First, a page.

Writing a personal statement can be a difficult task for students. Used to writing analytical essays for their classes, students struggle with confronting a new genre, especially when the stakes are so high.
The personal statement—or Common App essay—is a distinctly different kind of writing from anything students have written before, so understanding what it is is critical to producing a compelling essay.
What is a personal statement?
The terms “personal statement” and “Common App essay” can be used interchangeably. It is a 650-word essay that is sent as part of the Common App—which means it will be read by nearly every college to which a student will apply.
Students respond to one of seven prompts (one of which is a topic of their choice). Even schools that do not use the Common Application (like Georgetown) often ask for a similar essay. If students choose to apply to colleges using the Coalition Application, they will also submit a similar essay.
What should a personal statement be?
A personal statement, first and foremost, should be personal. It shows what an admissions officer needs to know about a student as a person. Of the five factors under a student’s and family’s control in college admissions, it is the only one where a student can speak in their own voice directly to admissions officers.
Students should strive to write a personal and authentic essay, highlighting elements of their personality and “heart” that would not otherwise show up anywhere on their application. This might be a hobby outside school that they share with others, a meaningful family tradition, or a thoughtful way they connect with others. The personal statement offers a slice of their life that captures their essence and lets admissions officers connect with and root for them. It is the dimension beyond the resume and transcript.
As a narrative essay, the personal statement should contain specific details, stories, and insights from the student’s life. This is why brainstorming is our favorite part of the process! It allows us to get to know a student on a personal level and help them shape a story that truly shows who they are.
(Want to hear about what makes a personal statement really shine for us? We asked each of our essay coaches!)
What shouldn’t a personal statement be?
Since the personal statement is such a crucial part of the college application, there’s a lot of advice out there! Unfortunately, not all of it is helpful. Sometimes it can be just as useful to know what a personal statement is not:
- A personal statement is not a cover letter. Students do not need to highlight every activity they’ve done (or any!) or how wonderful a student they are. Information like this will be conveyed elsewhere in the application, through the student’s activity descriptions or letters of recommendation.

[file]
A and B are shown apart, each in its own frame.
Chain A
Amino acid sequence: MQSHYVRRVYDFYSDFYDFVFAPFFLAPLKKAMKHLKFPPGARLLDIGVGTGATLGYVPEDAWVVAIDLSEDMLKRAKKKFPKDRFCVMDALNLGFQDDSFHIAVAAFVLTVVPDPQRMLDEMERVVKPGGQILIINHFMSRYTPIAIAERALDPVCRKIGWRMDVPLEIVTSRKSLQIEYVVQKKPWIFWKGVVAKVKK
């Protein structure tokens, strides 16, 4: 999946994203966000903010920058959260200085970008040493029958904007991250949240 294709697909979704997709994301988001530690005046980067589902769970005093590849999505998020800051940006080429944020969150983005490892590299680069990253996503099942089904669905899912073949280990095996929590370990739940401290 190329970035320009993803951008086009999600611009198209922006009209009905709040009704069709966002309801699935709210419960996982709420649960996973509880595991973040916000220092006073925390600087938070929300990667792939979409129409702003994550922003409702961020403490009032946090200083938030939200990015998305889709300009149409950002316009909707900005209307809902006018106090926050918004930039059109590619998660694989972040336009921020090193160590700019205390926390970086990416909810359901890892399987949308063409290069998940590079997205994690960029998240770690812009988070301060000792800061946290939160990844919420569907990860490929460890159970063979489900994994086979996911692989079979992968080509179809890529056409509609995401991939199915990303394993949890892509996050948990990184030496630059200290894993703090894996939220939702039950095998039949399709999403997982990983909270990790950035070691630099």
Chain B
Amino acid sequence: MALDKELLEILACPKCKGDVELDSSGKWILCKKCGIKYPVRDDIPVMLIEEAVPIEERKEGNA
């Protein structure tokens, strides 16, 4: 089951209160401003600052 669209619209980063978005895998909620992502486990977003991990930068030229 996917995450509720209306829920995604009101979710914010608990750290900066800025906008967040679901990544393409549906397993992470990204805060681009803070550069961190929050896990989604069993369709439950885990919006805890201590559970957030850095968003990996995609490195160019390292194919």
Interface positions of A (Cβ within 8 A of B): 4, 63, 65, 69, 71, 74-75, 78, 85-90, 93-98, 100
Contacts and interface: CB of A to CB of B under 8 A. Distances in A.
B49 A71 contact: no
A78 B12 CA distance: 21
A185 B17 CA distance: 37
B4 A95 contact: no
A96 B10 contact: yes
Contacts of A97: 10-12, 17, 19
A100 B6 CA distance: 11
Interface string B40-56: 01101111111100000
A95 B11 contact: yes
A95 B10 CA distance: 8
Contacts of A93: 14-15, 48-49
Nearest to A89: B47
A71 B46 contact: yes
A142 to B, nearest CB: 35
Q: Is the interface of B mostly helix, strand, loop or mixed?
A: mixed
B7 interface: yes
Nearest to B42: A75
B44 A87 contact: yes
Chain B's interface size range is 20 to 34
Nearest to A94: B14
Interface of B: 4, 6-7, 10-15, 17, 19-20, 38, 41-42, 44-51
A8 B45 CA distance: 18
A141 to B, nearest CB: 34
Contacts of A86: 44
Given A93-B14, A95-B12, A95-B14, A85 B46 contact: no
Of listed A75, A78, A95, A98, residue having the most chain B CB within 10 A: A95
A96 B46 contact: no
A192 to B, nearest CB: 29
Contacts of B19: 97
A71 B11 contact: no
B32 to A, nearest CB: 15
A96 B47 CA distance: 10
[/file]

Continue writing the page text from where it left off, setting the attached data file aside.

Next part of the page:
- A personal statement is not a statement of academic interest. While the personal statement may gesture to a student’s intellectual pursuits, many schools will have specific supplement essays that give students a chance to explain what they want to study and why. The goal is to avoid overlap between a student’s personal statement and Why College essays.
- A personal statement is not an analytical essay. Students should write from their heart and in their own voice, and use first-person narration (“I”). Admissions officers know that they are reading work written by high school students, and will be on alert for any suggestion that a parent has taken a heavy hand in editing. Admissions officers are savvy: they know what a teenager’s writing sounds like, compared to an adult’s.
- That being said, a personal statement is also not a creative writing sample or a personal memoir for English class. While imagery or metaphor can provide grace notes and flourishes, it will not make the essay what it needs to be—personal and personally insightful.
Why is the personal statement so important?
Your essays and applications are only one of the five factors under your control. Why do they matter so much?
We don’t mean to undermine the importance of other factors, especially grades and academic rigor—there is no substitute for good grades in challenging courses during the college admissions process. However, especially for students applying to the most selective colleges and universities, grades, rigor, and test scores are only the beginning. It will ultimately be the qualitative aspects of an application—the letters of recommendation, the activities, and the essays—that distinguish between the pool of applicants who are all equally quantitatively qualified for admission to a college or university.
Admissions officers are people, and they look for reasons to “root for” and accept students into their incoming class—reasons that often lie in their passions and personality. Admissions officers are looking not just to admit good students, but good lab partners, roommates, club members, and friends. These intangible qualities are best displayed in the personal statement itself—remember, it is the only place where a student can speak to the admissions officer in their own voice, making it critically important!
We love working with students on every part of the essay process—from brainstorming to drafting, revising, and putting the final touches on an essay showing their unique passions and personality. Reach out today!